Several years ago, with one tentative toe dipping into middle age, I read life-changing words from the pen of Ruth Bell Graham, who confided she was finally learning that she did not need to weight in on every topic OR to speak up at every opportunity. This seemed reasonable to me at the time, a wise grid through which to steward my words, and I have consciously applied the rubric to social situations. (I’m sure the practice has been a blessing to both family and friends.)
However, recently, I’ve noticed some regret creeping in around the edges of my restraint. While I’m still an advocate for verbal discretion, I can think of at least two memorial services as well a couple of other gatherings where I felt strongly that I had something meaningful to share, but talked myself out of it: too risky, too vulnerable, too “out there.”
Raise Your Voice: Why We Stay Silent and How to Speak Up by Kathy Khang is challenging me to look carefully at the way I use my words, lending the realization that even my choice to be silent communicates something. Apathy, insecurity, or laziness are not traits I want to “give voice” to, so I’m trusting for courage to lean into a gracious and yet more vocal role in the communities I inhabit.
Khang shares her own legacy of silence, struggling with her role as an immigrant from South Korea, feeling voiceless, learning to raise her voice “doing the good work of the good news,” while struggling with credibility and suffering from imposter syndrome. Challenges arising from her experience as a woman of color in a leadership role in para-church ministry drove her deeply into the Word of God for assurance from biblical role models like Esther and Moses. Beloved and known by our Creator, we are called, at times, to speak gritty truth to one another, not to hurt or tear down, but to bless and to influence for good.
Learning to Speak Up
Going forward, I am working on a reasoned approach to raising my voice based on seven questions Kathy Khang has posed:
- Who Am I? What unique perspectives do I bring to the table as a white, middle-aged, long-time-married mother of sons with plenty of time in a pew? Who else is sitting around the same table with me? What can we learn from each other?
- What is in My Wheelhouse? The downward draw of imposter syndrome has muzzled me more than once in situations where I probably had the most experience in the room, but was too intimidated to speak up–even though I saw the conversation going in a direction that looked ominous to me. The lesson here? Any combination of gifting and experience that God has graciously given comes with a responsibility to speak up.
- Am I Willing to Fail or Be Judged? Quite honestly, his is huge for me, but most of the time, I am probably much safer than I imagine. Kathy points out that testing my voice is a matter of humility. I don’t need to “toughen up, become immune, or be unmoved by criticism or failure.” (59) I just need to be willing to learn from it.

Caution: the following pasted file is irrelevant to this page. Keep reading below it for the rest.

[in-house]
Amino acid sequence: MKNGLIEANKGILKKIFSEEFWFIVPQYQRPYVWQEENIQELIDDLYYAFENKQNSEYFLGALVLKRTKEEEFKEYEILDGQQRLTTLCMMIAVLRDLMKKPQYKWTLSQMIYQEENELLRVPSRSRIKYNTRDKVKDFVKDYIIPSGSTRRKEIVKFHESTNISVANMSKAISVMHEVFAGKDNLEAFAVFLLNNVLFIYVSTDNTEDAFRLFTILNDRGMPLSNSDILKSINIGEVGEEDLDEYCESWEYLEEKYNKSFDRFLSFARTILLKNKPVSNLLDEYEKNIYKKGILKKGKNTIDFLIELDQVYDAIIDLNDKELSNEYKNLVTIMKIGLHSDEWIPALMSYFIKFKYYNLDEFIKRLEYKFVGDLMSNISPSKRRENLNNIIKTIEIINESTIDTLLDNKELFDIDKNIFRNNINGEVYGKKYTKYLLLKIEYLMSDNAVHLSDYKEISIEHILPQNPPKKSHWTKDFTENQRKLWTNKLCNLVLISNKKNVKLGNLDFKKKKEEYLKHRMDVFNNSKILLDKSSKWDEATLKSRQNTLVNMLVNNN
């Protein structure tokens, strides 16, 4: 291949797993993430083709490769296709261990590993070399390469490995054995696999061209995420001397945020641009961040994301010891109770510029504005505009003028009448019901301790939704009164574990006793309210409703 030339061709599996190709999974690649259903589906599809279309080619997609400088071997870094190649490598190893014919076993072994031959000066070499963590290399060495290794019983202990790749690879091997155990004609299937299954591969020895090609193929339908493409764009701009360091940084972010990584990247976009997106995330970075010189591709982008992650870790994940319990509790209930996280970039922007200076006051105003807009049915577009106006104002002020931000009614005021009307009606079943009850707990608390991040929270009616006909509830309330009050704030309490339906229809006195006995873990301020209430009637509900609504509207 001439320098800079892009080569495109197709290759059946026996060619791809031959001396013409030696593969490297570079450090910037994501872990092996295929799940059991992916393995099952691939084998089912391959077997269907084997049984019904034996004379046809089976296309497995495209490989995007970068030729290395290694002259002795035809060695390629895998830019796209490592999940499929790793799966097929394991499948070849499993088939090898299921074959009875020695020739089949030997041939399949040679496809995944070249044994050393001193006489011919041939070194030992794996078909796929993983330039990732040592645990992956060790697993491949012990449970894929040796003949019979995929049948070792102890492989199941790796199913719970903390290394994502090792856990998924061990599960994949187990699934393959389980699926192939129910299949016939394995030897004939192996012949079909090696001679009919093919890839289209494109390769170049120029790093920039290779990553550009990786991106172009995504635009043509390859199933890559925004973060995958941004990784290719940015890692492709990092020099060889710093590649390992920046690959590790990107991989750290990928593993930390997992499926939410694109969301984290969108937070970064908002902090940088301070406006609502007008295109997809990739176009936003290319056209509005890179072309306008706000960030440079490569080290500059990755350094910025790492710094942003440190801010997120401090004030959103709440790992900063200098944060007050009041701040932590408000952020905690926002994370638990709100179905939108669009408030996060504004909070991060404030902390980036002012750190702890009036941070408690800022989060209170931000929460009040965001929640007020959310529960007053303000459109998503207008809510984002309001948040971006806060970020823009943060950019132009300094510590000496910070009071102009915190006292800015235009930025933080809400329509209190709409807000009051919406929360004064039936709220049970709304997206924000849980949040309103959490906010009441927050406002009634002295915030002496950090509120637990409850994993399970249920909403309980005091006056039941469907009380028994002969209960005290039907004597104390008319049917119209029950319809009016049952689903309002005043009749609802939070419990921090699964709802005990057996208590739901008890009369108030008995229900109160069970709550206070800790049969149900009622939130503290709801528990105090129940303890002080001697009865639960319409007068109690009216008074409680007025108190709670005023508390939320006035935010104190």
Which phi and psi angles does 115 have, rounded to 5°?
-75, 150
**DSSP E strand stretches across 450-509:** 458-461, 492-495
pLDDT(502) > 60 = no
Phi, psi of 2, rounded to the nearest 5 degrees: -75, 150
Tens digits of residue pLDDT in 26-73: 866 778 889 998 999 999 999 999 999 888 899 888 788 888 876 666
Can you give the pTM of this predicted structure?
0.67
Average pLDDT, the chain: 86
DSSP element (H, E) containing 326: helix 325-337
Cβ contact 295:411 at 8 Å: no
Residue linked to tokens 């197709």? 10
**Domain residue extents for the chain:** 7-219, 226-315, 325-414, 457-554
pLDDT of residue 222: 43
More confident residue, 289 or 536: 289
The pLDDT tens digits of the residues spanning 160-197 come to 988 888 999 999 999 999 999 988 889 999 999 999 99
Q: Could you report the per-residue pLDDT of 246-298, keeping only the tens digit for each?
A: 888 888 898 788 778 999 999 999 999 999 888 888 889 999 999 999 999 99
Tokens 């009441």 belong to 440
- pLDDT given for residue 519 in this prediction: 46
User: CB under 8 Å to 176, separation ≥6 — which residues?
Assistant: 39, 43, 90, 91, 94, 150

- What Are My Unique Gifts, Talents, and Skills? Good stewardship demands that I put myself in the way of risk to be available for God’s agenda.
- Who Are My People? Who needs my encouragement? Whom has God already put within my circle of influence?
- What Diverse Voices Am I Learning From? Reading, listening, paying attention to people whose faces and stories are radically different from my own has been life changing. Raise Your Voice sat in a pile beside my bed for months before I made the commitment to read it, because I knew the author would call me out of my comfort zone. A word to the wise: sometimes the journey into discomfort is easier in community. If you’re looking for a challenge, The Red Couch Book Club is reading Kathy’s book this month.
- How Do You Care for Yourself? Self care can be as simple as going to bed at a reasonable time, eating healthfully and mindfully, or saying no to unreasonable demands. If my voice is shrill from exhaustion or unreasonable because of poor preparation, the message God has given to me may not be conveyed in the best possible way.
Raise Your Voice!
There’s plenty of work in these seven questions to last me well into the new year, and I’m wondering if you also are feeling the tug to raise your voice in profound and courageous words. It can be a fearsome thing to be visible in the world by becoming uncomfortably audible. God invites us to inhabit our vulnerability by faith, a sinewy confidence in a sovereign God that trusts in His placement of our voices, cherishes His assignment of our customized message, and leaves the outcome in His powerful hands.
Many thanks to InterVarsity Press for providing a copy of this book to facilitate my review, which, of course, is offered freely and with honesty.
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